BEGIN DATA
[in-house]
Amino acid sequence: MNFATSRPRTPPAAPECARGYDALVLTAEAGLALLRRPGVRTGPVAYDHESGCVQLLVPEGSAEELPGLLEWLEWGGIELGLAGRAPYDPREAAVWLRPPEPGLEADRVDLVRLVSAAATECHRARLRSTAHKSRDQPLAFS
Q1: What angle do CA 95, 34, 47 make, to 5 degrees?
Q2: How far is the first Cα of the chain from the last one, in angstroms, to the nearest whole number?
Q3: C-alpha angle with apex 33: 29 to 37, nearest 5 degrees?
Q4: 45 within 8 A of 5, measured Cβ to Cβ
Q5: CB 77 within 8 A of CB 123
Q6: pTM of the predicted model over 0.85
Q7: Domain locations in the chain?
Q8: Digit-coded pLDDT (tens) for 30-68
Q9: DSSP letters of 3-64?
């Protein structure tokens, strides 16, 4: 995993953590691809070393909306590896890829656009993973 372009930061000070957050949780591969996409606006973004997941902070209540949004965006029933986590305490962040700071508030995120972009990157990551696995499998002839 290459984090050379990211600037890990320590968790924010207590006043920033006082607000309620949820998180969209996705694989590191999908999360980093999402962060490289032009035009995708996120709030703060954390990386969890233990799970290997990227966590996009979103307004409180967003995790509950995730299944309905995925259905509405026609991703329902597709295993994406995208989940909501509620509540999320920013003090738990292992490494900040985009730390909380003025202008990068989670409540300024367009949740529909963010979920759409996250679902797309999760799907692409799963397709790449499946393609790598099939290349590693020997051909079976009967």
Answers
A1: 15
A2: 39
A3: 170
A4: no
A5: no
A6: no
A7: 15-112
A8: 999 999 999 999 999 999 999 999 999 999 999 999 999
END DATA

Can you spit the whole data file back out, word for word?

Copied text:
[in-house]
Amino acid sequence: MNFATSRPRTPPAAPECARGYDALVLTAEAGLALLRRPGVRTGPVAYDHESGCVQLLVPEGSAEELPGLLEWLEWGGIELGLAGRAPYDPREAAVWLRPPEPGLEADRVDLVRLVSAAATECHRARLRSTAHKSRDQPLAFS
Q1: What angle do CA 95, 34, 47 make, to 5 degrees?
Q2: How far is the first Cα of the chain from the last one, in angstroms, to the nearest whole number?
Q3: C-alpha angle with apex 33: 29 to 37, nearest 5 degrees?
Q4: 45 within 8 A of 5, measured Cβ to Cβ
Q5: CB 77 within 8 A of CB 123
Q6: pTM of the predicted model over 0.85
Q7: Domain locations in the chain?
Q8: Digit-coded pLDDT (tens) for 30-68
Q9: DSSP letters of 3-64?
């Protein structure tokens, strides 16, 4: 995993953590691809070393909306590896890829656009993973 372009930061000070957050949780591969996409606006973004997941902070209540949004965006029933986590305490962040700071508030995120972009990157990551696995499998002839 290459984090050379990211600037890990320590968790924010207590006043920033006082607000309620949820998180969209996705694989590191999908999360980093999402962060490289032009035009995708996120709030703060954390990386969890233990799970290997990227966590996009979103307004409180967003995790509950995730299944309905995925259905509405026609991703329902597709295993994406995208989940909501509620509540999320920013003090738990292992490494900040985009730390909380003025202008990068989670409540300024367009949740529909963010979920759409996250679902797309999760799907692409799963397709790449499946393609790598099939290349590693020997051909079976009967």
Answers
A1: 15
A2: 39
A3: 170
A4: no
A5: no
A6: no
A7: 15-112
A8: 999 999 999 999 999 999 999 999 999 999 999 999 999